But your Mum doesn’t want to wait weeks to see her beautiful daughter on her special day. Your friends at work don’t want to wait to see how gorgeous you looked in your wedding dress. They want to see them now. To share them.
That’s where the digital world’s given us such freedom. The ability to take a photo on our phone and share it with the world within a minute. Freedom that we’ve never had before.
Is it right to stop people from doing what’s become common practice at a wedding?
By asking them to put down their phones and their cameras during the ceremony?
To be perfectly honest, when you walk down the aisle you won’t even notice the people with their phones. Your emotions and your adrenaline will make sure of that. Your full focus is on walking down the aisle without tripping up, without breaking out into tears with the emotion of it all and praying that you don’t fluff your lines during the ceremony!
Do guests with phones and cameras impact on your photographer? Truthfully, not really. I’ve never had an issue with guests stepping out into the aisle as the Bride walks down. I’ve had a couple of weddings where guests move into the aisle as the couple walk back after the ceremony, and I’ve bumped into them. But that’s only a couple of weddings out of the hundreds that I’ve shot over the years.
Some photographers make a really big thing about having an unplugged wedding. They put up Blog posts about how it ruins the shots if guests are taking photos during the ceremony. But does it really matter?
Your wedding day
What happens on the day, well, happens. The good and the not so good. The weather. Every element of your day makes it unique. You’ll look back on it with fond memories. When you sit down and look though the photos with your children or grand-children you’ll smile. Smile as you remember those special moments. Cringe as you look at the fashions and the hairstyles. Yearn for the youth that you once had. Laugh at the old-fashioned technology. But you’ll remember that day through the snapshot in time that photography allows us to capture.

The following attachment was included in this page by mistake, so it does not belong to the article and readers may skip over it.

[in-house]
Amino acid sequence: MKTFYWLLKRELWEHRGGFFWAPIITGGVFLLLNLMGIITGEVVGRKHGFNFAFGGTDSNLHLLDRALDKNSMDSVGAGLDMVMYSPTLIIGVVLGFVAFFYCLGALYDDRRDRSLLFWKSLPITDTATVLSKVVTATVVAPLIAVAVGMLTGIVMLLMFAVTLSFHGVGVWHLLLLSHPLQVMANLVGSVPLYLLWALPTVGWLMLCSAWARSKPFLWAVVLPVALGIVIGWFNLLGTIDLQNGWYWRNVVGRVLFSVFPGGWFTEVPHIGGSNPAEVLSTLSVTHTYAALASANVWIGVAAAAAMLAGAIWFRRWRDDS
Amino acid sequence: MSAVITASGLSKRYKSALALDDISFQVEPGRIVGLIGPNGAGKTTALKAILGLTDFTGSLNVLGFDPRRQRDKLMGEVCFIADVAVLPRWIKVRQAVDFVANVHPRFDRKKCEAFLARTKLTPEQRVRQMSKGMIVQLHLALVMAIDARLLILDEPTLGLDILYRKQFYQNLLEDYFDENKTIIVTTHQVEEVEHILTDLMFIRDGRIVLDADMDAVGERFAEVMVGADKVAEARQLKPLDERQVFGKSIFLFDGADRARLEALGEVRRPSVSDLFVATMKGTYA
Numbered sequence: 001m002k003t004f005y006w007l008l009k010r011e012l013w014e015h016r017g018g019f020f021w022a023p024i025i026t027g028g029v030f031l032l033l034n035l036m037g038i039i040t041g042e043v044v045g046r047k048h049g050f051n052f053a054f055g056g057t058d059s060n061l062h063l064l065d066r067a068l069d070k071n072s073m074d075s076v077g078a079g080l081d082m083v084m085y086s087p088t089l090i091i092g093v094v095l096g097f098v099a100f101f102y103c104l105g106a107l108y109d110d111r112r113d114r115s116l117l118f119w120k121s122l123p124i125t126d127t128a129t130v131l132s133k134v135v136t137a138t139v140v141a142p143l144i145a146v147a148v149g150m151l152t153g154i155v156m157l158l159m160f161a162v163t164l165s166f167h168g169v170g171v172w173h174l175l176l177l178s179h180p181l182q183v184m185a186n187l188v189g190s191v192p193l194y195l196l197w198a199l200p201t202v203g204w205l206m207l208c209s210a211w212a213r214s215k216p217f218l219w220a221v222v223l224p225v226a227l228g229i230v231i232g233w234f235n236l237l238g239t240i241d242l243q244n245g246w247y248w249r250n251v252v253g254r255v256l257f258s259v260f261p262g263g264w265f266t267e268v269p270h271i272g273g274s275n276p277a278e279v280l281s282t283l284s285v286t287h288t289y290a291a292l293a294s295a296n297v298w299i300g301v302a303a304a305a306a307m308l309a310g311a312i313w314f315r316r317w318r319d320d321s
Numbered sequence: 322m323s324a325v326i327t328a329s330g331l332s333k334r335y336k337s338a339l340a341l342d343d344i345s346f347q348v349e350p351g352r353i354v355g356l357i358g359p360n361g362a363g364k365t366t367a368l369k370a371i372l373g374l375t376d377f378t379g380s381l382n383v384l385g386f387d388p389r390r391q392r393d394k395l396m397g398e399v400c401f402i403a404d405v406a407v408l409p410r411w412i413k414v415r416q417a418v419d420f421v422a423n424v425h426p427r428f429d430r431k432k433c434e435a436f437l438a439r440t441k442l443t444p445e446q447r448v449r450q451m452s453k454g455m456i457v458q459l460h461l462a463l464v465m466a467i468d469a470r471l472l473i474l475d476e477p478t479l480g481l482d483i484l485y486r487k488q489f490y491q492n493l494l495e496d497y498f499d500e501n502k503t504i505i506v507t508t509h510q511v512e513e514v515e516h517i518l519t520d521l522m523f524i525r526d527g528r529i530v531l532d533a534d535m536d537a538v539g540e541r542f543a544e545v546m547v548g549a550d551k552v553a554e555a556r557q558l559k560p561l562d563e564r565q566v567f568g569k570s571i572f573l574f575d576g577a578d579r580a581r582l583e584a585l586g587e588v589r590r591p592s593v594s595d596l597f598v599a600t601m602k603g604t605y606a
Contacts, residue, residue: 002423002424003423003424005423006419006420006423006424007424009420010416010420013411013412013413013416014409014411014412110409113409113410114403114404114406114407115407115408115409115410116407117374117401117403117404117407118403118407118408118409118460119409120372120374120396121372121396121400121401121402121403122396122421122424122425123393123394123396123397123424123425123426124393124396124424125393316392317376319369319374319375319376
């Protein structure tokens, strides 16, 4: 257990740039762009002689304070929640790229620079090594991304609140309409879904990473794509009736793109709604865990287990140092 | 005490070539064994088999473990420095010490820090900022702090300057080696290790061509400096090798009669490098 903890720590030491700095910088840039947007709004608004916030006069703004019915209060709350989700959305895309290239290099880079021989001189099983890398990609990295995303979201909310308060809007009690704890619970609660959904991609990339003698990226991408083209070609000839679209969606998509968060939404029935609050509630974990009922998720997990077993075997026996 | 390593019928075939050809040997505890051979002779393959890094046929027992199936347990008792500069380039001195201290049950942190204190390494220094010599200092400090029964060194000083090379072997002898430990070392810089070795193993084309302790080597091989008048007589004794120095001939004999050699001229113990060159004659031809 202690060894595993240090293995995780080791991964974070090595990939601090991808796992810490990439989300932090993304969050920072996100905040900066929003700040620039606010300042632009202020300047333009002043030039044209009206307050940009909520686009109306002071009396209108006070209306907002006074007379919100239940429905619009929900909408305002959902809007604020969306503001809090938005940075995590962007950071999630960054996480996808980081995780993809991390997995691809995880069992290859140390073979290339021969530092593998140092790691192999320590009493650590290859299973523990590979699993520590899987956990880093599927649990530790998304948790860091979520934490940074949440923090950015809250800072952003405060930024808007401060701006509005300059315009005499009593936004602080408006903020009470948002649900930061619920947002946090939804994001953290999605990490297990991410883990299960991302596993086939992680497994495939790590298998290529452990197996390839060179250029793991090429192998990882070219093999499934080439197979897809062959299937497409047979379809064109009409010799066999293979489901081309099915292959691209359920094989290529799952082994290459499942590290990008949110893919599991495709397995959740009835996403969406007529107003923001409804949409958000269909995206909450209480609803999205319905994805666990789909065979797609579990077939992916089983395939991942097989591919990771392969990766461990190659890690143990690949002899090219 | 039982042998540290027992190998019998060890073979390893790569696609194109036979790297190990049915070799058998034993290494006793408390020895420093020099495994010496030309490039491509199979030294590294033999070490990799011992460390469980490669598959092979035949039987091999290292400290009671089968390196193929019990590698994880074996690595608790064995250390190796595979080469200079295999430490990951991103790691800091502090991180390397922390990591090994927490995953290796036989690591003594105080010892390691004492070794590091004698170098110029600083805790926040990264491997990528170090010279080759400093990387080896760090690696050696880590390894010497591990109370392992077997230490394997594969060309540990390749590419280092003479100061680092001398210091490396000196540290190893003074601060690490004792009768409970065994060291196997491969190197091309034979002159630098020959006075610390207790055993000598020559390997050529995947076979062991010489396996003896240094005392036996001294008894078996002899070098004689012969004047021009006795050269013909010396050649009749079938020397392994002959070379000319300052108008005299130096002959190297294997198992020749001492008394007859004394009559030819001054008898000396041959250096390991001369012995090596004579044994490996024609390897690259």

Photography, in one way or another is constantly developing – sorry for the pun again. Since its inception it’s been a case of progress. New technologies and techniques. As advanced as we like to think it is at the moment, the next 10 years or so will see huge leaps in technology. Changes that will have a huge impact on the way that we record the world. And that’s what we do, record the world. Some of us record the life-changing events of our age, others record the personal minutae of our daily lives. But we’re all creating a huge archive of images of our lives today. Images that we can look back on in years to come. The images that your family and friends take on your wedding day are just a part of that huge archive.
Conclusion – is an unplugged wedding ceremony right for you?
The choice really is down to you. It’s your day and you should have whatever you want and I’d never try to influence a couple one way or the other.
If you’ve got any thoughts on the subject then please feel free to leave them below – I’d love to hear them.
Looking to learn more about weddings?
If you’d like to learn more about about the story behind wedding traditions, then why not check out Azazie’s recent Blog post on wedding traditions?
Want advice on various elements of planning your wedding, and things to think about? Then check out my “Advice for Brides” section by hitting the button below ….
Blog post: Unplugged weddings – should you have one? Part 2